Helical coherence of DNA in crystals and solution.

Wynveen A, Lee DJ, Kornyshev AA, Leikin S - Nucleic Acids Res. (2008)

Statistical analysis of twist and rise for different possible base pair steps in the standard reference frame (local z/3DNA). Squares show the values for 22 selected straight oligomers with known X-ray structures, circles show the values for 26 selected straight oligomers with known NMR structures, and diamonds show the average twist values reported in (32) based on electrophoretic measurements. The error bars show standard deviations based on measurements of the same step parameters within different contexts. Note that the same base pair step may be denoted, e.g. AG (5′-A to 3′-G) based on one strand or CT (5′-C to 3′-T) based on the complementary strand. Both possible notations for such steps are shown, separated by a slash.
© Copyright Policy - creative-commons
Related In: Results  -  Collection

License
Show All Figures
getmorefigures.php?uid=PMC2553576&req=5

Figure 2: Statistical analysis of twist and rise for different possible base pair steps in the standard reference frame (local z/3DNA). Squares show the values for 22 selected straight oligomers with known X-ray structures, circles show the values for 26 selected straight oligomers with known NMR structures, and diamonds show the average twist values reported in (32) based on electrophoretic measurements. The error bars show standard deviations based on measurements of the same step parameters within different contexts. Note that the same base pair step may be denoted, e.g. AG (5′-A to 3′-G) based on one strand or CT (5′-C to 3′-T) based on the complementary strand. Both possible notations for such steps are shown, separated by a slash.
Mentions: To characterize sequence effects in the double helix structure, we generated DNA-cry models based on known X-ray crystal structures of different oligomers with no visible defects, nucleotide modifications and co-crystallized macromolecules (see ‘Methods’ section). We built separate models based on a full set of 50 such oligonucleotide structures and its different subsets, all of which produced similar results discussed in Supplementary material. Here we show the results obtained for a subset of 22 oligonucleotides with no kinks or bending apparent upon examination with a 3D viewer. We similarly generated DNA-nmr models based on known NMR solution structures of 26 oligomers, also with no defects, apparent kinks or bending. The NDB names and nucleotide sequences of all oligomers are listed in the Supplementary material. The average values of the twist and rise and their dispersions for different base pair steps in these oligomers (Figure 2) were consistent with the corresponding values reported (32,43) from less selective data sets (see Figure S1A and C in the Supplementary material).Figure 2.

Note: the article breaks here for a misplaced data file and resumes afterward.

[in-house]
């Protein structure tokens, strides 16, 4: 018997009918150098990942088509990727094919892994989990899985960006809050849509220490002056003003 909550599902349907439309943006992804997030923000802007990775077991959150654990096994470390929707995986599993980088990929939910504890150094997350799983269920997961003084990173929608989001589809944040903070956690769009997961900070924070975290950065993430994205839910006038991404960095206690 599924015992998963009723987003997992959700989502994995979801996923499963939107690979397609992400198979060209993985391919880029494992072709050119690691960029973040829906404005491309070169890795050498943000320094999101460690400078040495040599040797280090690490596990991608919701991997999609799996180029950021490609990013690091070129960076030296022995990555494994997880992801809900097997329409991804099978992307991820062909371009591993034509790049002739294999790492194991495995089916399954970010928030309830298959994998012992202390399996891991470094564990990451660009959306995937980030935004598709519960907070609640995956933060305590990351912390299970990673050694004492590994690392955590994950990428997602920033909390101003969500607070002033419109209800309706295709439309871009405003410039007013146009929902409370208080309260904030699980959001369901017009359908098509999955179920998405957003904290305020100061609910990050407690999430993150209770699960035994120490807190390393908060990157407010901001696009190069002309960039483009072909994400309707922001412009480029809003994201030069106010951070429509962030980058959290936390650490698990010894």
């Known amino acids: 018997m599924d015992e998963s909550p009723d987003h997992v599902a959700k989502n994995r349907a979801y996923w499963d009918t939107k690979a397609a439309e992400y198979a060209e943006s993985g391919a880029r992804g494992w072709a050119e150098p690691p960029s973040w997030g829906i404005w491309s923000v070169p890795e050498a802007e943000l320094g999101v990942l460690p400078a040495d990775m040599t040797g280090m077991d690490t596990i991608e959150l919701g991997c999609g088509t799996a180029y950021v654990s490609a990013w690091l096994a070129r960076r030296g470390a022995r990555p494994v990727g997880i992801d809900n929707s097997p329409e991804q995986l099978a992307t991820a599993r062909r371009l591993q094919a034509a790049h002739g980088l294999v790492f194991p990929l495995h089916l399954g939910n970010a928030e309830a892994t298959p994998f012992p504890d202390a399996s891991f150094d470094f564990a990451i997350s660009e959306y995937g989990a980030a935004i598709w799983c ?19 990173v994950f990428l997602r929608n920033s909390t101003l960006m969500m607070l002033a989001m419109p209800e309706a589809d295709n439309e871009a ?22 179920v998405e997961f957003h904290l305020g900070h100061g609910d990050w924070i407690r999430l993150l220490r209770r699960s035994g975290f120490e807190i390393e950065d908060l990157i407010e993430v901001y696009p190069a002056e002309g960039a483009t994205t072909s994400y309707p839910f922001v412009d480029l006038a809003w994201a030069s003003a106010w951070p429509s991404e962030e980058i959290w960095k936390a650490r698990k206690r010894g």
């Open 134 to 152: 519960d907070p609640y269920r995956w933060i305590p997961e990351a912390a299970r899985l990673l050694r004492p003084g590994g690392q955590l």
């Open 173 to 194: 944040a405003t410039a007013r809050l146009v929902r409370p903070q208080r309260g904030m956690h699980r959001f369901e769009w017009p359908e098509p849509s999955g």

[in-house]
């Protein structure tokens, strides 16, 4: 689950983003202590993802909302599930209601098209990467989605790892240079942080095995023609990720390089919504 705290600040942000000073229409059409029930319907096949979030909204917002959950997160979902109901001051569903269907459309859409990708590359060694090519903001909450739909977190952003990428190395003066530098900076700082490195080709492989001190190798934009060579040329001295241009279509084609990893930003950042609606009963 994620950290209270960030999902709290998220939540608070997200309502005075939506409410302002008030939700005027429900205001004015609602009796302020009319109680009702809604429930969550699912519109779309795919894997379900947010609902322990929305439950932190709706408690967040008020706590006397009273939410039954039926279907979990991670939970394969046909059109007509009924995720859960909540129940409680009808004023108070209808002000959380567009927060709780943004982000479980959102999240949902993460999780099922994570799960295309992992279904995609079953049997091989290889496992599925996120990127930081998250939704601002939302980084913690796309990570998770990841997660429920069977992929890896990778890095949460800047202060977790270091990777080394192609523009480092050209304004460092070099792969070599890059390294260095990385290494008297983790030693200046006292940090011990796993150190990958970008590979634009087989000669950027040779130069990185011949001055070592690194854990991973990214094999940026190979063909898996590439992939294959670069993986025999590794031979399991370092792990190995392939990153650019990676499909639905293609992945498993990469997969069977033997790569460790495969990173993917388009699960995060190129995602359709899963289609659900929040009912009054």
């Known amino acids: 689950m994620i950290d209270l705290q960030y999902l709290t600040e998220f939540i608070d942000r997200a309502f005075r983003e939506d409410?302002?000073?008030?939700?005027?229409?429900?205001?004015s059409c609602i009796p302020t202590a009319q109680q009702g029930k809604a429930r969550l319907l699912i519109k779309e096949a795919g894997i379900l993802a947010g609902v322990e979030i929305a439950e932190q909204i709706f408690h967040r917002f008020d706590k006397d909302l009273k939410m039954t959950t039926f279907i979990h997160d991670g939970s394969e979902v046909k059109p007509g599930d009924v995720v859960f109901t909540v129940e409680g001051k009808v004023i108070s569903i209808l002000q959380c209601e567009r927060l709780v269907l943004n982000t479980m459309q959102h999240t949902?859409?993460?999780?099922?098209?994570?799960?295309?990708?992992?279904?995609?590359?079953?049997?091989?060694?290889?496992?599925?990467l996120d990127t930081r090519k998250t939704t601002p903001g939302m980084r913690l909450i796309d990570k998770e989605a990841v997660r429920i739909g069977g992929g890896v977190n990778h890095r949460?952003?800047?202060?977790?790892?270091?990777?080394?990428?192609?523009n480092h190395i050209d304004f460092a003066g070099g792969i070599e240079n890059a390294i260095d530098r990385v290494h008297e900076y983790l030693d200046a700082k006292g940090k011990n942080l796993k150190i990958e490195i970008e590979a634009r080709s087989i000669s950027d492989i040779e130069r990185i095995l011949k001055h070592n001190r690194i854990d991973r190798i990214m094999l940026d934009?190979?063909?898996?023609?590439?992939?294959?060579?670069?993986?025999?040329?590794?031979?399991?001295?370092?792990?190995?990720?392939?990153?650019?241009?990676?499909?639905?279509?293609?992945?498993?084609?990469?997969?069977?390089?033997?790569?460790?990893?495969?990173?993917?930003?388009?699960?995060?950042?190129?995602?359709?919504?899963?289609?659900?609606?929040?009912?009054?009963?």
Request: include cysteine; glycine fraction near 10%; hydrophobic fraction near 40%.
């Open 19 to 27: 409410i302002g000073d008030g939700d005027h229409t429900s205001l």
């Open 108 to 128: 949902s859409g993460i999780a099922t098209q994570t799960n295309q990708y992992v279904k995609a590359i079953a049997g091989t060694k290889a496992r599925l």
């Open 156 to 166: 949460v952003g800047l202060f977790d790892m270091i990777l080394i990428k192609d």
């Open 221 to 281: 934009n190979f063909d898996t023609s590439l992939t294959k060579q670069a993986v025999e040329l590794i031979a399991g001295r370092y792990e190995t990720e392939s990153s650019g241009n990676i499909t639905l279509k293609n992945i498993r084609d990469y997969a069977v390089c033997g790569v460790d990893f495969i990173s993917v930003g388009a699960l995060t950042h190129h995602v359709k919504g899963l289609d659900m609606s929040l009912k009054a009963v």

Bottom Line: We find, e.g. that the solution structure of synthetic oligomers is characterized by 100-200 A coherence length, which is similar to approximately 150 A coherence length of natural, salmon-sperm DNA.Packing of oligomers in crystals dramatically alters their helical coherence.The coherence length increases to 800-1200 A, consistent with its theoretically predicted role in interactions between DNA at close separations.

View Article: PubMed Central - PubMed

Affiliation: Institut für Theoretische Physik II: Weiche Materie, Heinrich-Heine-Universität Düsseldorf, Universitätsstrasse 1, D-40225 Düsseldorf, Germany. awynveen@googlemail.com

ABSTRACT
The twist, rise, slide, shift, tilt and roll between adjoining base pairs in DNA depend on the identity of the bases. The resulting dependence of the double helix conformation on the nucleotide sequence is important for DNA recognition by proteins, packaging and maintenance of genetic material, and other interactions involving DNA. This dependence, however, is obscured by poorly understood variations in the stacking geometry of the same adjoining base pairs within different sequence contexts. In this article, we approach the problem of sequence-dependent DNA conformation by statistical analysis of X-ray and NMR structures of DNA oligomers. We evaluate the corresponding helical coherence length--a cumulative parameter quantifying sequence-dependent deviations from the ideal double helix geometry. We find, e.g. that the solution structure of synthetic oligomers is characterized by 100-200 A coherence length, which is similar to approximately 150 A coherence length of natural, salmon-sperm DNA. Packing of oligomers in crystals dramatically alters their helical coherence. The coherence length increases to 800-1200 A, consistent with its theoretically predicted role in interactions between DNA at close separations.

Show MeSH
Related in: MedlinePlus